"International growth is critical for Yahoo, which has become too reliant on its U.S. business over the years," Bartz said in the email to employees.

A Yahoo spokeswoman said the company would not provide any official announcement on the reorganization, other than Bartz's blog post, calling it an internal matter.

In October, Yahoo announced plans to cut at least 10 percent of its workforce of roughly 15,000 employees. In the fourth quarter, Yahoo reported a $303 million net loss, while sales declined 1 percent year-over-year to $1.8 billion.

(Reporting by Alexei Oreskovic, editing by Tiffany Wu, Richard Chang)

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JPMorgan now cutting up to 14,000 jobs (Reuters)

Thursday, February 26th, 2009 | Finance News

NEW YORK (Reuters) –
JPMorgan Chase & Co (JPM.N) said it is cutting up to 14,000 jobs, more than previously disclosed, as it tries to reduce costs in the face of a slumping economy and higher credit losses.

The second-largest U.S. bank on Thursday said it now expects to shed as many 12,000 jobs from integrating the former Washington Mutual Inc (WAMUQ.PK), up from 9,200 announced in December. It also expects to cut up to 2,000 investment banking jobs.

JPMorgan announced the cuts in an all-day presentation to investors. The reductions are intended to help the New York-based lender weather the current economic turmoil, as its customers struggle with falling house prices, tight credit and increasing mortgage and credit card defaults.

Financial companies have announced close to 350,000 job cuts since August 2007, outplacement firm Challenger, Gray & Christmas has said.

JPMorgan expects $2.75 billion of savings from Washington Mutual, offset by $750 million of new investments. Retail banking chief Charlie Scharf expects most of the savings by the end of 2009, sooner than originally thought.

The bank in September paid $1.9 billion for the banking units of Washington Mutual, the largest U.S. bank or thrift ever to fail. It is shutting several hundred branches, but plans to open 120 new branches this year. It has more than 5,000 branches, up from 539 as recently as 2003.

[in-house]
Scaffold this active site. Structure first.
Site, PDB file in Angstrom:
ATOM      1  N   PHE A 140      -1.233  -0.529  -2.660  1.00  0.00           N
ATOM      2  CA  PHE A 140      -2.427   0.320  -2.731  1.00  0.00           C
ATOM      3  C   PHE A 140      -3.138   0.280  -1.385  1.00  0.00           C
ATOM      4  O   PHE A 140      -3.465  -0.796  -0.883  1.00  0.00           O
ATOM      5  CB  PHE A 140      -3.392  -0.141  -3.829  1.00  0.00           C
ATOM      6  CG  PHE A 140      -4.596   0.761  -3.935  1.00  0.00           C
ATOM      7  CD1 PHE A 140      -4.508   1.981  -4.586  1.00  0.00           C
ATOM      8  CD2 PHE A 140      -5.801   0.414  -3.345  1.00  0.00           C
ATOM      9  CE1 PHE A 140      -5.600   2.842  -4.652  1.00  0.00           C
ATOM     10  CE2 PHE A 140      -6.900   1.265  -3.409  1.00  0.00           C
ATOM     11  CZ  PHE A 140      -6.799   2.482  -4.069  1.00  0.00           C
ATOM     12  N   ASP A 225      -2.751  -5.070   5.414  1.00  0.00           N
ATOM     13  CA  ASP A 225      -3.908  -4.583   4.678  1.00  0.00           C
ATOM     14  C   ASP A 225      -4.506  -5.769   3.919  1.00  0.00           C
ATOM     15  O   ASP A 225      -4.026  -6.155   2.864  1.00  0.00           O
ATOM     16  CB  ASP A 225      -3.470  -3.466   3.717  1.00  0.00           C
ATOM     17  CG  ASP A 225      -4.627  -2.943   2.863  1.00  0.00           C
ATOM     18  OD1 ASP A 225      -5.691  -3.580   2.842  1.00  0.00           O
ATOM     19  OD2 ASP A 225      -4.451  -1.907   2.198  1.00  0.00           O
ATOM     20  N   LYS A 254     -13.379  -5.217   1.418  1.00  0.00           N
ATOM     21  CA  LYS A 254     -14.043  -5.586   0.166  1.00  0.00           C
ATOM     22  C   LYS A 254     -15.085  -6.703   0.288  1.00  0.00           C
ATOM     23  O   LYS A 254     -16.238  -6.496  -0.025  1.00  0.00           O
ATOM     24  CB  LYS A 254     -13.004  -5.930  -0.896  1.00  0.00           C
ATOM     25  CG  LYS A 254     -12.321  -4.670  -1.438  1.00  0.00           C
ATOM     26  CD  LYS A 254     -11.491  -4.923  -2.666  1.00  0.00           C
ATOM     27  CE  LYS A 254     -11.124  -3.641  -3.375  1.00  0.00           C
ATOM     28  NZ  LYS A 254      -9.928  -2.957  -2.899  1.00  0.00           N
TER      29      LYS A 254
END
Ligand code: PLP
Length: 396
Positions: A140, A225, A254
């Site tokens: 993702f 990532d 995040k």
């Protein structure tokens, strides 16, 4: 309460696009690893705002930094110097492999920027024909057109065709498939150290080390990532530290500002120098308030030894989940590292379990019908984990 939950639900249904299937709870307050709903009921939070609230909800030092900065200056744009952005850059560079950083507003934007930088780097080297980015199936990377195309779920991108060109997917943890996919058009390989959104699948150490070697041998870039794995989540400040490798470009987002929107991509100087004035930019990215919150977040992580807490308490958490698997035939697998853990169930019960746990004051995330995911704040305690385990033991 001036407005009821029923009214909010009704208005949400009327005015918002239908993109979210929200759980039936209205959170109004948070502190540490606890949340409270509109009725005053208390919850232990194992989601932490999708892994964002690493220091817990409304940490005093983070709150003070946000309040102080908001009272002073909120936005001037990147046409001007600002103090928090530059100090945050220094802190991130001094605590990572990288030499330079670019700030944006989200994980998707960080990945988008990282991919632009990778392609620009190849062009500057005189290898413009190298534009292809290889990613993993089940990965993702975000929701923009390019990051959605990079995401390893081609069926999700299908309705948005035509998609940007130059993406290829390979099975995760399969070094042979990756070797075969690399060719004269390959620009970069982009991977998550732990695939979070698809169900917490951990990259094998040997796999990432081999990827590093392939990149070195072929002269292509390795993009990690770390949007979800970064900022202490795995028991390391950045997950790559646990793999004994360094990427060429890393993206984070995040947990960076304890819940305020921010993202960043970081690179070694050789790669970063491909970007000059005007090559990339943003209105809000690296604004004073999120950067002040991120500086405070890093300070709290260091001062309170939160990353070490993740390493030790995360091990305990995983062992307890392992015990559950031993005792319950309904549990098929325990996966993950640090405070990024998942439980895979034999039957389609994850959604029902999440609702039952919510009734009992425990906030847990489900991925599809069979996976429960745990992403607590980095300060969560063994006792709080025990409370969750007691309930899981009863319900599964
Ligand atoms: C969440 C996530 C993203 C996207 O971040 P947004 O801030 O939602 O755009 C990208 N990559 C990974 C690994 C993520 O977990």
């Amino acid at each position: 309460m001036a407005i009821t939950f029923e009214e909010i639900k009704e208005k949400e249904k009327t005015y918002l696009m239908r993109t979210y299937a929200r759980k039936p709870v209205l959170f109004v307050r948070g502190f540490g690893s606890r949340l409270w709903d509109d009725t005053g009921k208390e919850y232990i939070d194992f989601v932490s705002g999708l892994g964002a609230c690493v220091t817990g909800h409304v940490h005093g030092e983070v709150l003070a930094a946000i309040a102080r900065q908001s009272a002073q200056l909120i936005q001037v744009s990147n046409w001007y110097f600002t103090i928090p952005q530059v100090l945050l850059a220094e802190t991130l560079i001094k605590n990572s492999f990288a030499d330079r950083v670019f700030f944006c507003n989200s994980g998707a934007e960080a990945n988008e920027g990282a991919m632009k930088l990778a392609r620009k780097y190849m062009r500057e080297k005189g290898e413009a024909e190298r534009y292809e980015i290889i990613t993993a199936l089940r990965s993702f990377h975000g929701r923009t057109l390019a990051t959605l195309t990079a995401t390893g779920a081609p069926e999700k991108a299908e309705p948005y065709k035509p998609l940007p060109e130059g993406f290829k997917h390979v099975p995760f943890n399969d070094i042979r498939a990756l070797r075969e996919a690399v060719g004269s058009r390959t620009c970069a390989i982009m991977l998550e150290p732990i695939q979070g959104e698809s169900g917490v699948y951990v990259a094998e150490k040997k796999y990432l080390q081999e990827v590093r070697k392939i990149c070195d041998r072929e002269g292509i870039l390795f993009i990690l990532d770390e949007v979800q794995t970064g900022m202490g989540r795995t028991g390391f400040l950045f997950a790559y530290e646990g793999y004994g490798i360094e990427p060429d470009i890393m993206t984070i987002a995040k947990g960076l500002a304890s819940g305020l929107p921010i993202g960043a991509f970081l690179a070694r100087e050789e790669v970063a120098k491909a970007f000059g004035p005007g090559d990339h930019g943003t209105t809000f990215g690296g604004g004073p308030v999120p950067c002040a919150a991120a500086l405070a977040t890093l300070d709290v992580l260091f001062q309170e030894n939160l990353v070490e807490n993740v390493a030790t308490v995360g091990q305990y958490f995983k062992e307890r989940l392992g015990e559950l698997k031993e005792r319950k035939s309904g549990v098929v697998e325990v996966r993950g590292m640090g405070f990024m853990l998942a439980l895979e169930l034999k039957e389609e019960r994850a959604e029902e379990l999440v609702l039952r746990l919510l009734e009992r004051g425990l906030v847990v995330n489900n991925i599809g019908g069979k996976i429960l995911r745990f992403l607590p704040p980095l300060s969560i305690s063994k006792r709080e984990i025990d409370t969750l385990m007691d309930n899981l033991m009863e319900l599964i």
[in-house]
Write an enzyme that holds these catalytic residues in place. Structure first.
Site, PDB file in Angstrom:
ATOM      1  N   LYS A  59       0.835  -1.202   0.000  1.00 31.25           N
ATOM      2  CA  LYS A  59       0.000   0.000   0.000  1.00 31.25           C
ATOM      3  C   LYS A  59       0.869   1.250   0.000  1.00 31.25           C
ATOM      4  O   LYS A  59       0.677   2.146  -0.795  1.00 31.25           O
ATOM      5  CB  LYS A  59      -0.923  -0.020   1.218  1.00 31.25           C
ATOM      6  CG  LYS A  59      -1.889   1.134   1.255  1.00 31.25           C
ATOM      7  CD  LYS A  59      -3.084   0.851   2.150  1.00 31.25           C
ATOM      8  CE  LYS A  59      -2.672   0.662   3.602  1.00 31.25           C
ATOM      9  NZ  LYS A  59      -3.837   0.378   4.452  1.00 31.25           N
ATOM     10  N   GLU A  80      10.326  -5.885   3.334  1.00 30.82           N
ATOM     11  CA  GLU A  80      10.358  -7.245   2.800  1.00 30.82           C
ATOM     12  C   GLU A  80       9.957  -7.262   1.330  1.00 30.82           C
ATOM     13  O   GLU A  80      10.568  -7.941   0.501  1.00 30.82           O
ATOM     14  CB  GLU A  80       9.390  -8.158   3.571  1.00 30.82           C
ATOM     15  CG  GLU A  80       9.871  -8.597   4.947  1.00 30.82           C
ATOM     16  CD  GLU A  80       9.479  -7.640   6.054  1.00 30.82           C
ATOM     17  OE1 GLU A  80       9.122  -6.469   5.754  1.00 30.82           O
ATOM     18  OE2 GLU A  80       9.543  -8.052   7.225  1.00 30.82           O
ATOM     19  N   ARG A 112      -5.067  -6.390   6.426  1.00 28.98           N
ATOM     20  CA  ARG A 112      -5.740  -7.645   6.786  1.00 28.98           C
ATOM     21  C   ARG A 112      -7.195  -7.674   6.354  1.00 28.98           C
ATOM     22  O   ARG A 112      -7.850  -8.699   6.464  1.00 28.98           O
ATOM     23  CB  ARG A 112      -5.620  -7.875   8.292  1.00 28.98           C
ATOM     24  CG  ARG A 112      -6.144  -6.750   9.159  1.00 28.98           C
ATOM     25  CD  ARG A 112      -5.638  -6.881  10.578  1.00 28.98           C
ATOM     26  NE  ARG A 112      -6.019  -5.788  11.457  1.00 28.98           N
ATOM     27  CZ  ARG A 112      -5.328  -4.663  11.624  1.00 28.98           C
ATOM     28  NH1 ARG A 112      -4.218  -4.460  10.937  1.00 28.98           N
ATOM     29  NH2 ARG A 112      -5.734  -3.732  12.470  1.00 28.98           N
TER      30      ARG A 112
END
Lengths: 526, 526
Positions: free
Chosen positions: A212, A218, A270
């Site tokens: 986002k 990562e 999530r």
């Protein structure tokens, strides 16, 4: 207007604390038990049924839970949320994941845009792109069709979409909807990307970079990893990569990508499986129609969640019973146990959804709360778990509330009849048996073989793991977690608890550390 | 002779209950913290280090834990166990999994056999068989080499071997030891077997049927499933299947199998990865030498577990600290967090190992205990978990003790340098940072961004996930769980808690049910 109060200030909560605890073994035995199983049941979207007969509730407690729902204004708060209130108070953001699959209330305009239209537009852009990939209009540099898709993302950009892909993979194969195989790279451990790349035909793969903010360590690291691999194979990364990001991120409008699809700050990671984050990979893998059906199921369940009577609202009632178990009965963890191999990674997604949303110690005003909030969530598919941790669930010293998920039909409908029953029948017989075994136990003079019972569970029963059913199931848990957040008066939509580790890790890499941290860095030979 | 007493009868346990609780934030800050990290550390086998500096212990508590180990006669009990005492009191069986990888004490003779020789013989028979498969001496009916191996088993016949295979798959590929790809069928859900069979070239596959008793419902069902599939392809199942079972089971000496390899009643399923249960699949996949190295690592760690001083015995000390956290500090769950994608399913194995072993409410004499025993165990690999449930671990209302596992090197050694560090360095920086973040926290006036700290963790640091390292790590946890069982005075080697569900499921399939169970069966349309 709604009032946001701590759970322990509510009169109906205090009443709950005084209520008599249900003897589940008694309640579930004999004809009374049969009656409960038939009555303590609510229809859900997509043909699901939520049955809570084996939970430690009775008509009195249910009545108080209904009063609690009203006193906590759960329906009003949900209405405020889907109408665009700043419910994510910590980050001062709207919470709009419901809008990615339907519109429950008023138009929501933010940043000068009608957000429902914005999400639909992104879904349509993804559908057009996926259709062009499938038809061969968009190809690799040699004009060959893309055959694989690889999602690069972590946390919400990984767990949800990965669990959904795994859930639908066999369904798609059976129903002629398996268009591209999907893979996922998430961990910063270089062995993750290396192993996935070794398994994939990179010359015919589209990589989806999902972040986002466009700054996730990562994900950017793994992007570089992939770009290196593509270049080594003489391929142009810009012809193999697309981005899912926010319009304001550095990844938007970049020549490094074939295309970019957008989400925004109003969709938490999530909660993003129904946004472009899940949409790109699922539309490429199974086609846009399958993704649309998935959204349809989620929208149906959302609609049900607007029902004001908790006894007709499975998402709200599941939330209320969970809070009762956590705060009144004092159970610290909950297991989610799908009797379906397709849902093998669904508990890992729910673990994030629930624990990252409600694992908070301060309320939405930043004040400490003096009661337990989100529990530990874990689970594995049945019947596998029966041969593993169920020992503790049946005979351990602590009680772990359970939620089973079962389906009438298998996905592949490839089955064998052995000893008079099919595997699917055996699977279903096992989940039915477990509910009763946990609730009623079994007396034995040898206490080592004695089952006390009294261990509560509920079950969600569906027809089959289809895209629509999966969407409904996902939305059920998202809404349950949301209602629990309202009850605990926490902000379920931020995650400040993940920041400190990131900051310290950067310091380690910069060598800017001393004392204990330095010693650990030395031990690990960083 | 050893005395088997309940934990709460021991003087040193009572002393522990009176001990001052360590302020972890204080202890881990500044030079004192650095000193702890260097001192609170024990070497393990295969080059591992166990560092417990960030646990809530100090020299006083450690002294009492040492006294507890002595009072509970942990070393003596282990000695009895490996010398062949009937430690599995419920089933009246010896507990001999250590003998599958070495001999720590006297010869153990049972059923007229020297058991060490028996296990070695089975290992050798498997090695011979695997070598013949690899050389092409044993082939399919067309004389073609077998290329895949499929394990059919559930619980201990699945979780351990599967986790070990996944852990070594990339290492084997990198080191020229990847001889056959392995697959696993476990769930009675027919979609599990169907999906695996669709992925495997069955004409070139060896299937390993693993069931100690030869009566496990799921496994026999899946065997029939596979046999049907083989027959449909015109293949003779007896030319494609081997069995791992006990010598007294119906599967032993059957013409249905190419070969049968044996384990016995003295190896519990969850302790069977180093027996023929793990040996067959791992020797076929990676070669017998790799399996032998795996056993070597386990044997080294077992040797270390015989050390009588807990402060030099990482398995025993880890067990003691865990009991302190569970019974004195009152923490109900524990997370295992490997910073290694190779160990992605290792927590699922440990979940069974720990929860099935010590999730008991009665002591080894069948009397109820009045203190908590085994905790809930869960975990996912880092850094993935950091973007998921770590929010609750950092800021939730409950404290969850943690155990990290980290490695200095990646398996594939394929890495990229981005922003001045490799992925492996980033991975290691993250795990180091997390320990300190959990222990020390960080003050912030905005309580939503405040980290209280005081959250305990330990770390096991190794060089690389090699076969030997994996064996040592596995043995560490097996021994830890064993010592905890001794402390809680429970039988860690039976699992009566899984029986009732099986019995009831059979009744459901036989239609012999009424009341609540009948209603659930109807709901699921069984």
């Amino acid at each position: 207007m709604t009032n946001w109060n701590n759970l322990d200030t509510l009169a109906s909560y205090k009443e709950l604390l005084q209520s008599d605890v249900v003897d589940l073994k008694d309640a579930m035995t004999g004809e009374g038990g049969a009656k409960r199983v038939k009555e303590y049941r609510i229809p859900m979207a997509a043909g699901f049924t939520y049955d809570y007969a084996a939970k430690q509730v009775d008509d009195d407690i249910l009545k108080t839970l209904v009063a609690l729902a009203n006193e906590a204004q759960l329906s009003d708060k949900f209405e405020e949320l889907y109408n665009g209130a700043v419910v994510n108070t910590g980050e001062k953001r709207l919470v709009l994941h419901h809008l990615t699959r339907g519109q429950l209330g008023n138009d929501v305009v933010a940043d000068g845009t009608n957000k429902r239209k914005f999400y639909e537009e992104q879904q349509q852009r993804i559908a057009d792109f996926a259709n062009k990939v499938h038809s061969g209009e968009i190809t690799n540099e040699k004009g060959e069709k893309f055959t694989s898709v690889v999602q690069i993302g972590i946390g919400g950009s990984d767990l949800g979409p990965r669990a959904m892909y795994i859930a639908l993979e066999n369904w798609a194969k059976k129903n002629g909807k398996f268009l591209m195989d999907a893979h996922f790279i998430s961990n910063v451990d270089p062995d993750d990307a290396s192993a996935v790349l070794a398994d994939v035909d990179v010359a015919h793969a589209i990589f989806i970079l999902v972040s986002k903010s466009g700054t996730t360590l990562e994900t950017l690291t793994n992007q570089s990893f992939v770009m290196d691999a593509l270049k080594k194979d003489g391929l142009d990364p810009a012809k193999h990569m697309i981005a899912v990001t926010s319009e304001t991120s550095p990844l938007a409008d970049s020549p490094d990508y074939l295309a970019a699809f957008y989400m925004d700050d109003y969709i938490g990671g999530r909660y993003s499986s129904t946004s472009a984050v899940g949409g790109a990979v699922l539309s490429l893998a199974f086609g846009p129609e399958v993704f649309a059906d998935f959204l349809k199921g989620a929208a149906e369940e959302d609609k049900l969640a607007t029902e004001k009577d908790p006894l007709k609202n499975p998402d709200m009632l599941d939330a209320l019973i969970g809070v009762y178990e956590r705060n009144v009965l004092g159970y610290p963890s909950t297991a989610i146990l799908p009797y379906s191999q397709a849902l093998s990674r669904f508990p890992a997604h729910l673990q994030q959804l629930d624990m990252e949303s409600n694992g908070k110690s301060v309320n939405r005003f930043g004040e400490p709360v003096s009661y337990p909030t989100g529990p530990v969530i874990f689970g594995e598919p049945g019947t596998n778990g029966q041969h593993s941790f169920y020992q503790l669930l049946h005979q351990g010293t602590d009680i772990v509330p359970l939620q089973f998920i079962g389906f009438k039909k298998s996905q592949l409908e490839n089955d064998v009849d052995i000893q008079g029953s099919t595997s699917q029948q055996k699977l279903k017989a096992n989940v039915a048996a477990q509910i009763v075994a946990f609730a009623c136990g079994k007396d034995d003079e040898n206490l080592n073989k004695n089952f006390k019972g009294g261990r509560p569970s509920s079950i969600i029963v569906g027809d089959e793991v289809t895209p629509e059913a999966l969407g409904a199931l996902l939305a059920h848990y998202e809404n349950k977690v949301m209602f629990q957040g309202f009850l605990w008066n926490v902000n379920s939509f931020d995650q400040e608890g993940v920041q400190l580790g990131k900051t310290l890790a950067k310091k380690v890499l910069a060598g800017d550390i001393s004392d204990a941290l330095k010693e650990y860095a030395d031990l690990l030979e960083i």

Meanwhile, JPMorgan's investment bank expects to reduce its 28,000-person staff to between 26,000 and 27,000 by year-end, with cutbacks focused in technology and infrastructure, the unit's co-chief executive, Steve Black, said. Staffing could fall further if market conditions worsen, though it is "hard to imagine" a worse year for the unit than 2008, he said.

On Monday, JPMorgan unexpectedly cut its dividend 87 percent to help save $5 billion a year and achieve Chief Executive Jamie Dimon's goal of a "fortress" balance sheet. The bank got $25 billion last fall from the government's Troubled Asset Relief Program.

In afternoon trading, JPMorgan shares were up $1.82, or 8.4 percent, at $23.55 on the New York Stock Exchange. The KBW Bank Index (.BKX) of large U.S. lenders was up 6.3 percent.

HOME EQUITY, CREDIT CARDS UNDER PRESSURE

JPMorgan told investors that excluding Washington Mutual, it expects losses of $1 billion to $1.4 billion in each quarter this year from home equity loans to more creditworthy borrowers.

It said as many as 41 percent these borrowers will owe more than their homes are worth by the end of 2010, up from 27 percent at the end of 2008.

Scharf said California's housing market is showing signs of a bottom in home price deterioration, but Florida's is not. He also said that "we know New York is going to deteriorate.

He said losses on loans made as the housing boom was cresting "seem to be leveling out, at very high rates.... There will be an end in sight, just figuring out where it is not the easiest thing as we sit here today."

Housing problems and rising unemployment are also driving higher losses in JPMorgan's credit card business and may result in lower sales volume. Executives expect card losses to increase "materially" and are preparing for a 9 percent U.S. unemployment rate by year-end.

"The American consumer feels much poorer than in previous recessions," credit card chief Gordon Smith said.

JPMorgan maintained its first-quarter outlook for a 7 percent net charge-off rate in card services.

(Reporting by Elinor Comlay and Jonathan Stempel; editing by John Wallace)

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U.S. workers on jobless benefits at record high (Reuters)

Thursday, February 26th, 2009 | Finance News

WASHINGTON (Reuters) –